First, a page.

For 20 years we’ve urged China to ban the use of illegal timber – now it’s happening!

In an extraordinary move, China is changing its Forest Law to include a nationwide ban on buying, processing or transporting illegally sourced timber.

“This is potentially huge, a real game-changer for both the future of the planet’s precious forests and the battle against dangerous climate change,” said Faith Doherty, our Forests Campaign Leader.

“For almost 20 years, China’s demand for raw materials for its vast wood-processing industry has been a massive driver of illegal logging around the world, especially in South-East Asia and Africa.”

China is the world’s largest importer of wood and the largest exporter of wood based products too, but according to the UN Environment Programme and international law enforcement agency Interpol, between 15-30 per cent of all timber traded globally has been illegally harvested.

We were one of the first campaigning environmental organisations to expose and combat global deforestation and our landmark 2012 report Appetite for Destruction: China’s Trade in Illegal Timber revealed China to be the single largest international consumer of illegal wood.

“Our investigations in the past two decades have revealed how China is effectively exporting deforestation around the world and we have urged it time and again to follow the example of countries such as Indonesia, the USA, European Union and current attempts by Vietnam and put its house in order with a combination of legislation and strict enforcement,” added Doherty.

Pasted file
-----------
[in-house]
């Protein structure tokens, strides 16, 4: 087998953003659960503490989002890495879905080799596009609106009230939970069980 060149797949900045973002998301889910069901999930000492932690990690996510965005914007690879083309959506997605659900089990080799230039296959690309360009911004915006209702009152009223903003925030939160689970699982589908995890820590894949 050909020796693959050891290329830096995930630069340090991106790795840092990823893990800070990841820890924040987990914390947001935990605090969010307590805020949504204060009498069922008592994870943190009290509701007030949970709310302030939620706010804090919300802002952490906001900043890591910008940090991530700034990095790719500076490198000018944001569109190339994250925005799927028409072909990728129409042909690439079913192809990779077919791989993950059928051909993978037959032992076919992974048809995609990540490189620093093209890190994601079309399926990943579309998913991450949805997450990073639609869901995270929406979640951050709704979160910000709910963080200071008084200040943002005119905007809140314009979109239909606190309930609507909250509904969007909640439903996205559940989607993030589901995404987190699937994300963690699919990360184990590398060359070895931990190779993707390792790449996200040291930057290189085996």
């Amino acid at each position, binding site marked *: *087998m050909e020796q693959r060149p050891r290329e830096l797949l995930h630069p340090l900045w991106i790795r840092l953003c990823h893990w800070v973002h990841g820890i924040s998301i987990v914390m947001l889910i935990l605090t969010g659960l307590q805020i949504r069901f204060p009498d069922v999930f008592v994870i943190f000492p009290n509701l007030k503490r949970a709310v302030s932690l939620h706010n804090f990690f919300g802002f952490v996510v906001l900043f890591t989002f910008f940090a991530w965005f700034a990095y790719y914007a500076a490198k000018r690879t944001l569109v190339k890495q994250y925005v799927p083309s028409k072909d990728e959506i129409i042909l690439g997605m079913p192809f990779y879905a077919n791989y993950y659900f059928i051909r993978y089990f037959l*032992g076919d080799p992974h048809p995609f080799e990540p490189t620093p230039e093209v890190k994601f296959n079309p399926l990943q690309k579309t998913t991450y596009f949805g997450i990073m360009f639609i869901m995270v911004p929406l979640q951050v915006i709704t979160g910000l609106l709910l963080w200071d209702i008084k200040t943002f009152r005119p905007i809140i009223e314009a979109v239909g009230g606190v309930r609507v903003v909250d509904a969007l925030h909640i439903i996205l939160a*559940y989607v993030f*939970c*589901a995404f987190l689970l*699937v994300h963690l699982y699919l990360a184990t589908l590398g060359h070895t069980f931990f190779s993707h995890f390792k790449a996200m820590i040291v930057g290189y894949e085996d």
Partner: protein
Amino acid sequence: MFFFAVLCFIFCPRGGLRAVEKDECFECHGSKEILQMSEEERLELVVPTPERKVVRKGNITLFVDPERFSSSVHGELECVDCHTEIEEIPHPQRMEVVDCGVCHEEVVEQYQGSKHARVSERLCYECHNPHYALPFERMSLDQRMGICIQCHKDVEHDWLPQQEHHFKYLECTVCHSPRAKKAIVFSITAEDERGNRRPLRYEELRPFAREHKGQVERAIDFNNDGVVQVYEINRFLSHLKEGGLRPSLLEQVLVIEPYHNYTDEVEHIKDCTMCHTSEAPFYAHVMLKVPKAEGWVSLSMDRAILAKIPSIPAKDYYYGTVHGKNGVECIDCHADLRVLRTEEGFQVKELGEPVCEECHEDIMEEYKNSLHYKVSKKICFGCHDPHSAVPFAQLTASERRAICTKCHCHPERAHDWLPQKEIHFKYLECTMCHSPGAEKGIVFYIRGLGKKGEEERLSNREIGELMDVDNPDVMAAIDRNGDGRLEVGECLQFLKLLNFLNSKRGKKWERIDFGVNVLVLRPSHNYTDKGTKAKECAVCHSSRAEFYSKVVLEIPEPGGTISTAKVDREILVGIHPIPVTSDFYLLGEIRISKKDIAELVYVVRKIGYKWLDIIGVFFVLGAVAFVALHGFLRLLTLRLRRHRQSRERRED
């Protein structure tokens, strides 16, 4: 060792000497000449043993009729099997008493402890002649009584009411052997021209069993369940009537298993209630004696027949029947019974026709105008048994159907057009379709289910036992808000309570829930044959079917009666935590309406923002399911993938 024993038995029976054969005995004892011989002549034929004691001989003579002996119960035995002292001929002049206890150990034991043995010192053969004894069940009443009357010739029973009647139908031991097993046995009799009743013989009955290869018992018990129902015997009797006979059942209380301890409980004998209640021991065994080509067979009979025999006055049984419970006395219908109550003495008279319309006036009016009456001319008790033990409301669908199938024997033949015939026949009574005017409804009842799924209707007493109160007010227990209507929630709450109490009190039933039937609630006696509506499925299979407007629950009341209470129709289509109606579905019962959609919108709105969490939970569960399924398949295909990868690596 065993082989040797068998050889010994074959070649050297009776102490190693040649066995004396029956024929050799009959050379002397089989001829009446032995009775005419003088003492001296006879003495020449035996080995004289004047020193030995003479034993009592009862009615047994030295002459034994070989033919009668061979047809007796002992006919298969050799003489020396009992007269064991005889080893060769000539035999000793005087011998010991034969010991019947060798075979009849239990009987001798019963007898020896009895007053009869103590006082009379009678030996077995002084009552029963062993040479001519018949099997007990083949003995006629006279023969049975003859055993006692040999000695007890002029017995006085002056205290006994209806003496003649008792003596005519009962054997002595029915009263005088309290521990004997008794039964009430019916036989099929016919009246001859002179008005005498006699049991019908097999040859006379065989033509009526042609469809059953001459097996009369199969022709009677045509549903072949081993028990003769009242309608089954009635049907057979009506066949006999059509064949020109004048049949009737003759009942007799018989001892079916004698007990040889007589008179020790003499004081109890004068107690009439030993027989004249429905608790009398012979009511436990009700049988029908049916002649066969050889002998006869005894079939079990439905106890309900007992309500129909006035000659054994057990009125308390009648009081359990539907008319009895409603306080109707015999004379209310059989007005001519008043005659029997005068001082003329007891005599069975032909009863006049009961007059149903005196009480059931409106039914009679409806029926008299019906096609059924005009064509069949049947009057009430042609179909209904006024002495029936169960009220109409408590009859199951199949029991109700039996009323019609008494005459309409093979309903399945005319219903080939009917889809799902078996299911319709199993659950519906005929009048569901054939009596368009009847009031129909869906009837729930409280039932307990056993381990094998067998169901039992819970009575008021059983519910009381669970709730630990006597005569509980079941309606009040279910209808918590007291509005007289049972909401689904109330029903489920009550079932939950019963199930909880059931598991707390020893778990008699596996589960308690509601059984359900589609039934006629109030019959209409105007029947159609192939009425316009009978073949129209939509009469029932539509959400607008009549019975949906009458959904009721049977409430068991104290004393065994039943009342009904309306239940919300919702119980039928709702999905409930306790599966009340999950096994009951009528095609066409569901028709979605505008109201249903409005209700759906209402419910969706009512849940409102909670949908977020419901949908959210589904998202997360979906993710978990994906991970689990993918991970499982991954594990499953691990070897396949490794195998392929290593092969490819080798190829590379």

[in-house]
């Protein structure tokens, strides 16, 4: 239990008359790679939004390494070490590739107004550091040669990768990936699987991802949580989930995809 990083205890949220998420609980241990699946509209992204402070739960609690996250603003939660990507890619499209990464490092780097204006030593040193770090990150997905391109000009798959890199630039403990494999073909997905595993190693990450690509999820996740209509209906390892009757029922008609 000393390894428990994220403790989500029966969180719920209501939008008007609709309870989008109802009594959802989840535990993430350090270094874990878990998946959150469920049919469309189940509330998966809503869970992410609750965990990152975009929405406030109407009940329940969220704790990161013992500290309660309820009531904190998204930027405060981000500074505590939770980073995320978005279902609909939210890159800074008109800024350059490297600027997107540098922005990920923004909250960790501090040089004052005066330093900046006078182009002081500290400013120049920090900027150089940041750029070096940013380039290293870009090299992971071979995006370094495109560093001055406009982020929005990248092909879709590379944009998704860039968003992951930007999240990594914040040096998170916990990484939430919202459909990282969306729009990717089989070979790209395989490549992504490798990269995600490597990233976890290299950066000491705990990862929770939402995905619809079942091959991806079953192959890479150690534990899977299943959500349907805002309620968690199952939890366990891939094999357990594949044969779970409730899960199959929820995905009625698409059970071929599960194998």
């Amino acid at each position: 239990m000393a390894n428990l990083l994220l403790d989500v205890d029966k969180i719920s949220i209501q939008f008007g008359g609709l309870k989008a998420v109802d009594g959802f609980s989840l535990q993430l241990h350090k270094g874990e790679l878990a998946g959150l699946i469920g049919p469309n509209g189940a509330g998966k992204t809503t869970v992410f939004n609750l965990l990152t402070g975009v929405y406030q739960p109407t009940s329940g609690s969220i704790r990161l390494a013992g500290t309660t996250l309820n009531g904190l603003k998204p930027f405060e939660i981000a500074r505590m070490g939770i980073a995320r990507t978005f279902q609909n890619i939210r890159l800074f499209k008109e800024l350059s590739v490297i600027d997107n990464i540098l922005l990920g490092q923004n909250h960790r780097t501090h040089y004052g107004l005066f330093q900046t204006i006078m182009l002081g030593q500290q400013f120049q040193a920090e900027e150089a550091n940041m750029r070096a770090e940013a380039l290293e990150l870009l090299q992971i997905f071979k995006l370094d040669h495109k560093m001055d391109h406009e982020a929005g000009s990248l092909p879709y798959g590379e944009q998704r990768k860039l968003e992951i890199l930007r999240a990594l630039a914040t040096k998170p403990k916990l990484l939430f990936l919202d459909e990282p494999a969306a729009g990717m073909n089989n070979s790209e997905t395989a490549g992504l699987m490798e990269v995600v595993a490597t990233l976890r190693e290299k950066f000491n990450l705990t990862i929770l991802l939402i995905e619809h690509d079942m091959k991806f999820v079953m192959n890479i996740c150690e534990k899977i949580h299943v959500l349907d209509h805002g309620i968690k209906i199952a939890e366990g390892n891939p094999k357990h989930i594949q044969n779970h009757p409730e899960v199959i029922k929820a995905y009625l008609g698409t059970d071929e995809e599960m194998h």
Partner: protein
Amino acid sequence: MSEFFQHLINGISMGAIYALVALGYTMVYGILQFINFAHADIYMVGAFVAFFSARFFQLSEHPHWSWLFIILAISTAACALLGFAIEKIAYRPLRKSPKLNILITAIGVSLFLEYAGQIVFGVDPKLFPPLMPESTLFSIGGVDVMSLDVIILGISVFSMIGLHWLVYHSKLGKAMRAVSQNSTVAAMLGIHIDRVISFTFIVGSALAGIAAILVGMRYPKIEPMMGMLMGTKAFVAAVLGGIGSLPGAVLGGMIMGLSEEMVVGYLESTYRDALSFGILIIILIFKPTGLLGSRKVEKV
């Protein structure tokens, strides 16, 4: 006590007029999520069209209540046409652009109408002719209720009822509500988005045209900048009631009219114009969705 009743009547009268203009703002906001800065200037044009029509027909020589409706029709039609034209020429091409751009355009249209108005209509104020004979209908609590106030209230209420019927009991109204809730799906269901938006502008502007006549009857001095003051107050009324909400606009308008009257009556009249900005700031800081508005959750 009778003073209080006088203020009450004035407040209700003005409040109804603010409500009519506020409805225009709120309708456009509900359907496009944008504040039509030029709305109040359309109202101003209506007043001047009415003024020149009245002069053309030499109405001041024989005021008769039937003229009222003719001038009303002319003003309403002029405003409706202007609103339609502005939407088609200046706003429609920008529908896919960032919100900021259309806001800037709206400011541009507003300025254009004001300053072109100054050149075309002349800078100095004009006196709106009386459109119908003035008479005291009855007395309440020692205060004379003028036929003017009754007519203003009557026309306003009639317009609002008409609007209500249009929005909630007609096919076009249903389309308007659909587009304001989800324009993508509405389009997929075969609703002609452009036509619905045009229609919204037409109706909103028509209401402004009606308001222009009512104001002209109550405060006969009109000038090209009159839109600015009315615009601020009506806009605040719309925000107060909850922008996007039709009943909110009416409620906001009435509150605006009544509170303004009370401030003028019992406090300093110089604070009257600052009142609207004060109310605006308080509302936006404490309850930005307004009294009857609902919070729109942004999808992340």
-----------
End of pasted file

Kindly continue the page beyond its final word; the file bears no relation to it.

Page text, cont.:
“This amendment to its law is such a positive move by China and will also help to encourage timber-producing countries to tackle corruption in the way they manage and trade in the products of their own forests.”

Our investigators have documented illegal timber flows into China from Indonesia, Laos, Mozambique, Myanmar, Vietnam and elsewhere.

Illegal timber seized during raid in China

As well as the ban on illegal timber, the newly amended Chinese Forest Law – last updated 20 years ago – also includes:

  • a chapter on forestry ownership, specifying ‘forest resources shall belong to the state unless the law stipulates they belong to the collective’ and stipulating the legitimate rights and interests of the owners, mainly the State, the collective and the individuals, of the forests, trees and woodlands;
  • commitments that the Government will seek to develop a stable, healthy, high-quality and effective forestry ecology system;
  • strengthening of protection for forestry resources and strictly banning the cutting of natural forests;
  • promoting afforestation and encouraging more forestry coverage at all levels;
  • strict controls over the annual cutting volume of timber.